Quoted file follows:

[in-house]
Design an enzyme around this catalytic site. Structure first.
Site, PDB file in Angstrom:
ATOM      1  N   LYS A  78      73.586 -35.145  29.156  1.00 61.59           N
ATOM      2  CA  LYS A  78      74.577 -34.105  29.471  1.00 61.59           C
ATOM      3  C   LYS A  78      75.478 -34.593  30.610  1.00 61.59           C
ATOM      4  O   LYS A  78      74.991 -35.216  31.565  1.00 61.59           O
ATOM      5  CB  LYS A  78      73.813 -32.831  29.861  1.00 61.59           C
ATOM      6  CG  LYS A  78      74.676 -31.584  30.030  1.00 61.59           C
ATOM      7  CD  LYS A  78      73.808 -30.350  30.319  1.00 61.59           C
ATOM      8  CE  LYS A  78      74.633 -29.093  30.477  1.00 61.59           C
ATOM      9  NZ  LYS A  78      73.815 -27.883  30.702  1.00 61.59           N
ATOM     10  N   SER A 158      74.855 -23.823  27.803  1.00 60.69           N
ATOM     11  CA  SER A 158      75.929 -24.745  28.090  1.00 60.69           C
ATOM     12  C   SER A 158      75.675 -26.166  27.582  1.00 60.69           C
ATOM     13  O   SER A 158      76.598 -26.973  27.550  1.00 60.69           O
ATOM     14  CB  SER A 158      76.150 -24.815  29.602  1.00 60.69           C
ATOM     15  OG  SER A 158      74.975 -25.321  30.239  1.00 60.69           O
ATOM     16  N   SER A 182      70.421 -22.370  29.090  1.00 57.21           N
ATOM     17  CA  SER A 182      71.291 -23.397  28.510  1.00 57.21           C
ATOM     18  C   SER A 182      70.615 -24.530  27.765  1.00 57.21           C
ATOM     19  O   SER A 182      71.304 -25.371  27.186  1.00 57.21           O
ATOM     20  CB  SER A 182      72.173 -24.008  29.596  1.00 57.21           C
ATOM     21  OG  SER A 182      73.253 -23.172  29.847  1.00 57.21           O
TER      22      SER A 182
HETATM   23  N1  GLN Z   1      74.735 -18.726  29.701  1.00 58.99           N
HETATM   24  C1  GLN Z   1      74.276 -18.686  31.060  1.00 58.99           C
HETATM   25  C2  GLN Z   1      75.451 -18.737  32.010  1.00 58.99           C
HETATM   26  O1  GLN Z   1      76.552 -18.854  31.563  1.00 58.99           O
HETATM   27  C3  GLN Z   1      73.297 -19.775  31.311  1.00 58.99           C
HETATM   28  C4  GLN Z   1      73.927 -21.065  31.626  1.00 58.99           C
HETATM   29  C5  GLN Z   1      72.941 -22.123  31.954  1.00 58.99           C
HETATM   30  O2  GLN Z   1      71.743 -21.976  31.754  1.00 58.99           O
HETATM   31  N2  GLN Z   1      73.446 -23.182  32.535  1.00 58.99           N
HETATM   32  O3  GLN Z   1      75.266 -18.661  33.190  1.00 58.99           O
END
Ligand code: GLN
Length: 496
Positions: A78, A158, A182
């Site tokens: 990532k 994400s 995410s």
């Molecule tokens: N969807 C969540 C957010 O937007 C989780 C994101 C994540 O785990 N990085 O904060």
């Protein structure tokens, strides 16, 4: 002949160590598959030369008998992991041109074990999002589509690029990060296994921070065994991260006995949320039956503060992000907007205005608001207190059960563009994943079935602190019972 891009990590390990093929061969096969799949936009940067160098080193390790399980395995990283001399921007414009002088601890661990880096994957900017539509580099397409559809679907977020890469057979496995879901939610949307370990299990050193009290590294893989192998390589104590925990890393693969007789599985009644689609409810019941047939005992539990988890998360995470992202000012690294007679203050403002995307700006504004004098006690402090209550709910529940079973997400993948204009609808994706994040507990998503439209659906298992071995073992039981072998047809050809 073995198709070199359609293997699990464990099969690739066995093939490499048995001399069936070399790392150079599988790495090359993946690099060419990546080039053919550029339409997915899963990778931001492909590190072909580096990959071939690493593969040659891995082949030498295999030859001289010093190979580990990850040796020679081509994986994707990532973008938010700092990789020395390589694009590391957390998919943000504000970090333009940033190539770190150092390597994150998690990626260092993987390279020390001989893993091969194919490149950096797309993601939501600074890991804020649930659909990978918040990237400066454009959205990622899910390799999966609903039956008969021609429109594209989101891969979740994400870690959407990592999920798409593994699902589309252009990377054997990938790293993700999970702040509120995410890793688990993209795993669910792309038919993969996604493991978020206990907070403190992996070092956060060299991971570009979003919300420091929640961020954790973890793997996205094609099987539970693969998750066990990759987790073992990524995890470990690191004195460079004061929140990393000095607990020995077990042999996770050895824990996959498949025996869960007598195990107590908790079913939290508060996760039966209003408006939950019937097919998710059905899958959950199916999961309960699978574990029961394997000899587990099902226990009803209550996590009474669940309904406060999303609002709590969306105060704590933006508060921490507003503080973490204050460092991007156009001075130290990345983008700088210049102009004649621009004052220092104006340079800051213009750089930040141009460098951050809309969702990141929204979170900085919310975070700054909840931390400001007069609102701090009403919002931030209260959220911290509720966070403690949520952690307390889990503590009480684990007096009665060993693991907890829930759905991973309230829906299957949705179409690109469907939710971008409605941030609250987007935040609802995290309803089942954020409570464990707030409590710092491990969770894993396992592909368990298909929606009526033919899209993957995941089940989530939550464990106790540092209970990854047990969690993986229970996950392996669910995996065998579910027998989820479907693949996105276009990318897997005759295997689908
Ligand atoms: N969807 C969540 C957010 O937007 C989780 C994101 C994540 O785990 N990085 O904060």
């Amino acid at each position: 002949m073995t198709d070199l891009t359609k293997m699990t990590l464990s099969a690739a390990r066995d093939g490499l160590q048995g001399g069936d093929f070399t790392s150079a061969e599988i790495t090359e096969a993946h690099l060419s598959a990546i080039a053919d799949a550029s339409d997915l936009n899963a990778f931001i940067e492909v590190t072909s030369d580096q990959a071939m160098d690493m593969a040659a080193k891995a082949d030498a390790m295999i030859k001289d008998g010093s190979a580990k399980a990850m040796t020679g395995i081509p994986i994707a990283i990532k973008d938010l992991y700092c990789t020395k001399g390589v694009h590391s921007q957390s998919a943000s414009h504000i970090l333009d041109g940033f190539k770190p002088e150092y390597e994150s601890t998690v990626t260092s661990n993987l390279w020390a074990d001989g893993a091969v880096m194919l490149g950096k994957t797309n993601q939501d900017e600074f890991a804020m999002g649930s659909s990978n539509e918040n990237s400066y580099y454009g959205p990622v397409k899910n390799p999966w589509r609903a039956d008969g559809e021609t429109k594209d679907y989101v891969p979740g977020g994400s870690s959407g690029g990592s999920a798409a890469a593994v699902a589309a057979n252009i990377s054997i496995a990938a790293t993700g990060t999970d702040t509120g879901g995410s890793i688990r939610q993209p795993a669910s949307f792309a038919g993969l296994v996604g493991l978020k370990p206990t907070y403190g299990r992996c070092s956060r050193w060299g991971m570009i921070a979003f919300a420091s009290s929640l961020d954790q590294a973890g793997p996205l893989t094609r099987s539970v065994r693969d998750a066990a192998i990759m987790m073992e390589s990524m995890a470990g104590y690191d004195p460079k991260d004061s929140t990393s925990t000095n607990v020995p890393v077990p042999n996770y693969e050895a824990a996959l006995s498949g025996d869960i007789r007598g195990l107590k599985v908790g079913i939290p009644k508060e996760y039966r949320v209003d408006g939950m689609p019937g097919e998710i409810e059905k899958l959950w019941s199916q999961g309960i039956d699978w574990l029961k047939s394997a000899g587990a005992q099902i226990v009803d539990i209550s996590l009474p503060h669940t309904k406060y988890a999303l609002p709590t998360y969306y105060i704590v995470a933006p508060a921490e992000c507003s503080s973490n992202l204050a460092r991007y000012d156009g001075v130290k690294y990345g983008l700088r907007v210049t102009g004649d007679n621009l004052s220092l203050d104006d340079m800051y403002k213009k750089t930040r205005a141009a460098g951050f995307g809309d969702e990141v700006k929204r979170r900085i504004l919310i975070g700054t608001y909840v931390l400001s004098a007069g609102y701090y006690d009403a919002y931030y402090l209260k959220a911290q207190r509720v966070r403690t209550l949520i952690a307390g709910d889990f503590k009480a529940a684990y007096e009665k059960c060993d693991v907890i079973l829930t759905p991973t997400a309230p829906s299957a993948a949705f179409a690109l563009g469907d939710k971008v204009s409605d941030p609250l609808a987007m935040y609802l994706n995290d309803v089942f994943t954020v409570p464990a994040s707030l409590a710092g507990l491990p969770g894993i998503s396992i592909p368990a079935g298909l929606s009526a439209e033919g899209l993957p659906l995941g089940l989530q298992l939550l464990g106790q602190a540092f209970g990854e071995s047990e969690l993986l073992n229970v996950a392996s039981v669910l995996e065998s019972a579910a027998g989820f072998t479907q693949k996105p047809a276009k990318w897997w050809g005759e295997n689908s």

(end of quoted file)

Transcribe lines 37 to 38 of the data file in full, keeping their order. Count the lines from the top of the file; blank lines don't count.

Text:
Ligand code: GLN
Length: 496